Australian startup 99designs is a company dedicated to connecting designers with clients around the world. It’s the freelance world turned purely digital. The company initially thought of itself as a marketplace, and is now evolving to a platform perfectly primed to handle the swift changes that covid-19 has brought to the tech space.
Patrick Llewellyn, the current CEO, has overseen the small startup grow into a payments company, a community, a support company as well as online collaboration and e-commerce. It’s a marketplace, but it’s much more sophisticated than that just bringing people together to transact.
We sat down with Patrick (not literally, obviously!) to chat about his role in the brand, how a global creative platform can change an antiquated industry, and how they focus on bringing designers and entrepreneurs together in a way that was impossible in the past.
Jenna Bostock: For the uninitiated, can you explain what 99designs does?
Patrick Llewellyn: 99designs is a global creative platform that connects clients with freelance designers, and gives them the tools to work together online. We are here to champion creativity and bring opportunities to people around the world. What that means in real terms is connecting designers in our really active and engaged community with great clients, but also empowering entrepreneurs and businesses who need creative help in bringing their brand to life.
Anyone who’s started a business knows how huge a moment it is to see your logo or website for the first time, and our designers make this journey a reality for founders all over the world. It’s a really special moment that we’re lucky enough to see happen every single day, and then grow into strong working relationships between clients and designers on the platform.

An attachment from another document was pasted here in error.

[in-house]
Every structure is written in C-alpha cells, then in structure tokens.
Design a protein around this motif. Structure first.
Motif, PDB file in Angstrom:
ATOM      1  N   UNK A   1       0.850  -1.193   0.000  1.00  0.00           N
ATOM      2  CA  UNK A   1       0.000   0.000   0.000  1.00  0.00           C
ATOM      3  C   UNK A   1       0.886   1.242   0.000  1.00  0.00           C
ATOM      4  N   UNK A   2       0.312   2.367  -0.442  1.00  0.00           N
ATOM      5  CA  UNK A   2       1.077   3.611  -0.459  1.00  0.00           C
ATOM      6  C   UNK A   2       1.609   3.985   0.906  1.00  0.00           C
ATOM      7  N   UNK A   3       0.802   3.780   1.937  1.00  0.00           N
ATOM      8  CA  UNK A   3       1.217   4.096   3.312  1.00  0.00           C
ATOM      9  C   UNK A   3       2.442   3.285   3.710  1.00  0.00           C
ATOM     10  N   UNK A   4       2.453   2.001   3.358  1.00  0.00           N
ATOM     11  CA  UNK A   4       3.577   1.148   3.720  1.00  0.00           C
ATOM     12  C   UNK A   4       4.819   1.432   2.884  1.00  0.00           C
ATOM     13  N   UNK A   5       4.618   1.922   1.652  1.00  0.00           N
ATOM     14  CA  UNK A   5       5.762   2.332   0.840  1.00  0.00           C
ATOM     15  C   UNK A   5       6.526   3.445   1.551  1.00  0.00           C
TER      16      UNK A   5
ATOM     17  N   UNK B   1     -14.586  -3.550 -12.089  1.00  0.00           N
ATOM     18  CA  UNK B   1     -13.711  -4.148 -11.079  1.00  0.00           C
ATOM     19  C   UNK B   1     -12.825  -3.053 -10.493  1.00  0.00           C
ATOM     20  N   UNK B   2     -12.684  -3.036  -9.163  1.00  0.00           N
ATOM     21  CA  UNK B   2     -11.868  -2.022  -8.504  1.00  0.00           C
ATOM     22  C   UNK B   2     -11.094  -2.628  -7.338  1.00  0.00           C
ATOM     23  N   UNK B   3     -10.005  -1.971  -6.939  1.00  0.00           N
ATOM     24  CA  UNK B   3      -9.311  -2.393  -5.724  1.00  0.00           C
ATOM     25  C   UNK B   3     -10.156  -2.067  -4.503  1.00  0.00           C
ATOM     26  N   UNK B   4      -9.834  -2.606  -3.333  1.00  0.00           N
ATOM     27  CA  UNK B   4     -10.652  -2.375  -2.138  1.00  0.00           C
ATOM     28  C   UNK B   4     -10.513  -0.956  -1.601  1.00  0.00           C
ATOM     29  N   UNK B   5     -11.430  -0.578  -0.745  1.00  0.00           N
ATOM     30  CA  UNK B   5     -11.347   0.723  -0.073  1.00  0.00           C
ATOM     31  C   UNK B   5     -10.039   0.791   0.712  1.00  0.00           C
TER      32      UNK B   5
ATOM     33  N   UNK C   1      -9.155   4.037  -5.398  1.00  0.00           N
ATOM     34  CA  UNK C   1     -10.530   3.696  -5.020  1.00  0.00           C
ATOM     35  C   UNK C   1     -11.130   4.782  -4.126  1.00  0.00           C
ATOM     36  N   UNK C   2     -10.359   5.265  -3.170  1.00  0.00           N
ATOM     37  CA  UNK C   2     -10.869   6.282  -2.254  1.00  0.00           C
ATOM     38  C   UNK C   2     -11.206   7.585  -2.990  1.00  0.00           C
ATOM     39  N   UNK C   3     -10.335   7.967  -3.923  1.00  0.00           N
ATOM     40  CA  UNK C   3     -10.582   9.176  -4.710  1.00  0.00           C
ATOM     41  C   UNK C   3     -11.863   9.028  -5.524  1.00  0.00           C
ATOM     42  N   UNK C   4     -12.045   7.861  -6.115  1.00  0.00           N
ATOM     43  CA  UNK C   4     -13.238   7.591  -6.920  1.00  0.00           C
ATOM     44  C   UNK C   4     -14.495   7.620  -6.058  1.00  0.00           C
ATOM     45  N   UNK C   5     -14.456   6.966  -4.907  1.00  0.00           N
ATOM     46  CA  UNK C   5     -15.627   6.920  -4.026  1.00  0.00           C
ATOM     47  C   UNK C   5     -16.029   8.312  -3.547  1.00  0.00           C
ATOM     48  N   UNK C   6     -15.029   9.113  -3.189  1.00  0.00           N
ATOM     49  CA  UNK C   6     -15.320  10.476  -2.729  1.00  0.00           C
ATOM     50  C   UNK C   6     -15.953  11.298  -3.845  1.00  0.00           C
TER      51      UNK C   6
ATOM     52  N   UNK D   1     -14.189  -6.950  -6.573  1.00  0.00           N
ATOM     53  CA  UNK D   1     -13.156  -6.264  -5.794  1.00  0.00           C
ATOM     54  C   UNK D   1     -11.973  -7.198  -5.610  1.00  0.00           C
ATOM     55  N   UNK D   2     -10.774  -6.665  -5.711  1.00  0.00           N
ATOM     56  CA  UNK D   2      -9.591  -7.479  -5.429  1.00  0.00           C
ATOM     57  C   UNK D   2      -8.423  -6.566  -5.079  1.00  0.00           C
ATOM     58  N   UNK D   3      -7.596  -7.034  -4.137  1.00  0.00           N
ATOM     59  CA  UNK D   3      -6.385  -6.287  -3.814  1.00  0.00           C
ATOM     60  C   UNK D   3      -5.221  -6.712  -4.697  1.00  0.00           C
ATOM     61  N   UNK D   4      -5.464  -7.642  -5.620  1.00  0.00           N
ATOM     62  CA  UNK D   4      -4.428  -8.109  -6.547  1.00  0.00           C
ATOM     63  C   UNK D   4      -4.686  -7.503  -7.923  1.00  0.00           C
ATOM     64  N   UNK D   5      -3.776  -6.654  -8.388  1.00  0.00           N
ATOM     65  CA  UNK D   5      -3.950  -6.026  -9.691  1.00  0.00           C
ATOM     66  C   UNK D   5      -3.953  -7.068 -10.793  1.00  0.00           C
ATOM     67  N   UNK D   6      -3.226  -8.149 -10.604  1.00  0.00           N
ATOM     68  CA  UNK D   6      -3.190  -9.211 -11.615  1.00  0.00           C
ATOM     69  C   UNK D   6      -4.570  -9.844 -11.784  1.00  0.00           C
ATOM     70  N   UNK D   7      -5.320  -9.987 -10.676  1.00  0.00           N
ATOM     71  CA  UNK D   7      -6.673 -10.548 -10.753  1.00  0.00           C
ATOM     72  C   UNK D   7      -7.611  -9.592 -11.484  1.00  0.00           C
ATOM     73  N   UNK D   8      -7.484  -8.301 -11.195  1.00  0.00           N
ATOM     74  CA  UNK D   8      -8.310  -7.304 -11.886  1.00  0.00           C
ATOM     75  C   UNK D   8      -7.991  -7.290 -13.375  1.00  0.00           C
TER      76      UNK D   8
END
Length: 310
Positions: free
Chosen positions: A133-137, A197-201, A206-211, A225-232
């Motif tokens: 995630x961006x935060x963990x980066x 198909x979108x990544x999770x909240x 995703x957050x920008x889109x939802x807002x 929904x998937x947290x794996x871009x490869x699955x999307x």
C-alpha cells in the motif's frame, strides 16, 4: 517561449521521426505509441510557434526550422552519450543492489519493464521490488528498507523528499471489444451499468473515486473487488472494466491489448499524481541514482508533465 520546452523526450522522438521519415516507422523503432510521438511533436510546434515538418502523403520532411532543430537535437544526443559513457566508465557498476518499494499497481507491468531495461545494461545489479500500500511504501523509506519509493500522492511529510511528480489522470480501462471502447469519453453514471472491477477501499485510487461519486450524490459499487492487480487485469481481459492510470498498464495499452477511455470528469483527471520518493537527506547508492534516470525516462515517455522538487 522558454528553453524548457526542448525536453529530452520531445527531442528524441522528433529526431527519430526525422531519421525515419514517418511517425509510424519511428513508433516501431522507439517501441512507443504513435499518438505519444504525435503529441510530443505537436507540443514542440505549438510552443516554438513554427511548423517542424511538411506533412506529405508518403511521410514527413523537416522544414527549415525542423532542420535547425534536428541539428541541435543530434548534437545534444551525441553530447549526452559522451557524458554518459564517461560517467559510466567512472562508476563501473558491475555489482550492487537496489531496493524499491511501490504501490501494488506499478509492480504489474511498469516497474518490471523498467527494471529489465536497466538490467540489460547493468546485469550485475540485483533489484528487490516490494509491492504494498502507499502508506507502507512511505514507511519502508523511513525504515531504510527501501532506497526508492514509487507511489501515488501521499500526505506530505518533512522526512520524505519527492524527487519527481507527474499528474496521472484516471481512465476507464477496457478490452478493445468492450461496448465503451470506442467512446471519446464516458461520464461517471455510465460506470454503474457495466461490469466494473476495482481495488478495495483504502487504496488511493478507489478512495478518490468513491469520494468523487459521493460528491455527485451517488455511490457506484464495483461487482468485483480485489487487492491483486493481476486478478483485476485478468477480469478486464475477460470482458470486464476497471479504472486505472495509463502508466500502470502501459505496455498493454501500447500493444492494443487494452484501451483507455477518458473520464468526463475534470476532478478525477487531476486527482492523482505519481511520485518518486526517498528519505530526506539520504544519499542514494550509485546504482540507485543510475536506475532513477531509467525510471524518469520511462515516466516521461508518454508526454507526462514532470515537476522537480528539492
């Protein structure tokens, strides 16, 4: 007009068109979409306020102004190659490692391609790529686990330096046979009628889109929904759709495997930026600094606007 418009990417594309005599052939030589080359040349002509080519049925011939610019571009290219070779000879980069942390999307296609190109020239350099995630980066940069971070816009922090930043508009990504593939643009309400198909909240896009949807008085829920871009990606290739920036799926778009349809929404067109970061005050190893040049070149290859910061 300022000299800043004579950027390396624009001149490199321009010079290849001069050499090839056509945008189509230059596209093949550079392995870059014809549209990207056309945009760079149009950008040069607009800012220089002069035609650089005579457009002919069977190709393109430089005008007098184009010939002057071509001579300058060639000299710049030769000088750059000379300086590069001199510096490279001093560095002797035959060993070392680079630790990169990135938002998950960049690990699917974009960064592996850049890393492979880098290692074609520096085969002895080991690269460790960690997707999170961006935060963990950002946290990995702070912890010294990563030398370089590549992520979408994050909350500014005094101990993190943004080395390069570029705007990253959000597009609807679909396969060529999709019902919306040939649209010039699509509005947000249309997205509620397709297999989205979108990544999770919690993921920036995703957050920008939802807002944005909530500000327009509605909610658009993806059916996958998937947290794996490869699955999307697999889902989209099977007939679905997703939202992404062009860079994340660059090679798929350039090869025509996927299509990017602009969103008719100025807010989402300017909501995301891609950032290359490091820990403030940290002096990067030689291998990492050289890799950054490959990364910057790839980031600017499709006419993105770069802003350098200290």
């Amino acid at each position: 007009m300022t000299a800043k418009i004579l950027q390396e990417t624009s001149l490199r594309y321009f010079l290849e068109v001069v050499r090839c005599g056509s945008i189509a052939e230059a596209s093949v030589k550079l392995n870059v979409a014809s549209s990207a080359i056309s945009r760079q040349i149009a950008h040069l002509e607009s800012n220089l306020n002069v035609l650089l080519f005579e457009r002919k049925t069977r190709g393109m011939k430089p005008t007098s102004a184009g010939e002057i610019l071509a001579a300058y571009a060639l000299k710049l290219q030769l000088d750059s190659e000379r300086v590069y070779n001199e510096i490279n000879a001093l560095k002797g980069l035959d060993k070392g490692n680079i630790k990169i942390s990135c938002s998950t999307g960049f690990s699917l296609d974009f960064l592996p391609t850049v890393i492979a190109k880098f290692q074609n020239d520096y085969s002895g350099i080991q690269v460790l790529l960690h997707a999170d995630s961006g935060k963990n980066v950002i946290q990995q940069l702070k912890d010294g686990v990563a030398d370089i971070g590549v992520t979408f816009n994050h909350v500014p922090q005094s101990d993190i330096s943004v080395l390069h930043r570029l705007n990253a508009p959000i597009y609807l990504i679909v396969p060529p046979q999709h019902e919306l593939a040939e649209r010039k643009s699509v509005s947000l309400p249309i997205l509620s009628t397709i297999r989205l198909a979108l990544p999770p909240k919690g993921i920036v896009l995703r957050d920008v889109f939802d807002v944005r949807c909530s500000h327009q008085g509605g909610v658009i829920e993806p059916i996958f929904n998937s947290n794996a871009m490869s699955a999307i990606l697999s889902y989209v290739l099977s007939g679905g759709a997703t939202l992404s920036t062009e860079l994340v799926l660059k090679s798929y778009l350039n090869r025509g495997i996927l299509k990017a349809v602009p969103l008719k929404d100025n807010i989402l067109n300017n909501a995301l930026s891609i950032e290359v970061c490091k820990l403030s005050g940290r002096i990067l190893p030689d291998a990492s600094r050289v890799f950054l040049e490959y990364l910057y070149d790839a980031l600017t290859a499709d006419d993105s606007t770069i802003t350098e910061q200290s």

Jenna Bostock: Tell me a little about 99designs, the inspiration and inception.
Patrick Llewellyn: 99designs actually spun out of another company called SitePoint. It began as a forum community, where designers were creating fictional briefs for each other to use as a resource for learning, self-expression and feedback. One day, someone reached out to this community for ideas for a website logo design, and offered to pay for the best idea. This organic behavior led the team to build 99designs out as a separate business and platform, and it evolved from there.
Jenna Bostock: You came onboard after the inception – what drew you to the company?
Patrick Llewellyn: What drew me to 99designs immediately was a kind of pattern recognition. At the time, I was working with a client in the old school stock photography space, and they were doing some pretty exciting and disruptive things with micro stock that were provoking similar reactions in the market – both with consumers and from incumbent players within the creative industries. The more I learnt about 99designs, the more signals I was getting that really resonated with me in terms of a company setting itself up for success.
Jenna Bostock: What were some of the challenges you faced taking a traditional industry and introducing it to the platform economy?
Patrick Llewellyn: In the early days there was backlash from established players in the industry, that we were devaluing design and so on. We have always believed strongly in equal opportunities and that design has no borders – and in truth that doesn’t always suit people.
But this has definitely changed over time. After all, freelancers have always powered the heart of the design industry – it simply wouldn’t function without them. Equally, the idea that creative opportunities should be available to everyone – no matter where they’re from – has become much more widely accepted in recent years, and we’re proud that our community has earned more than $300m on 99designs to date.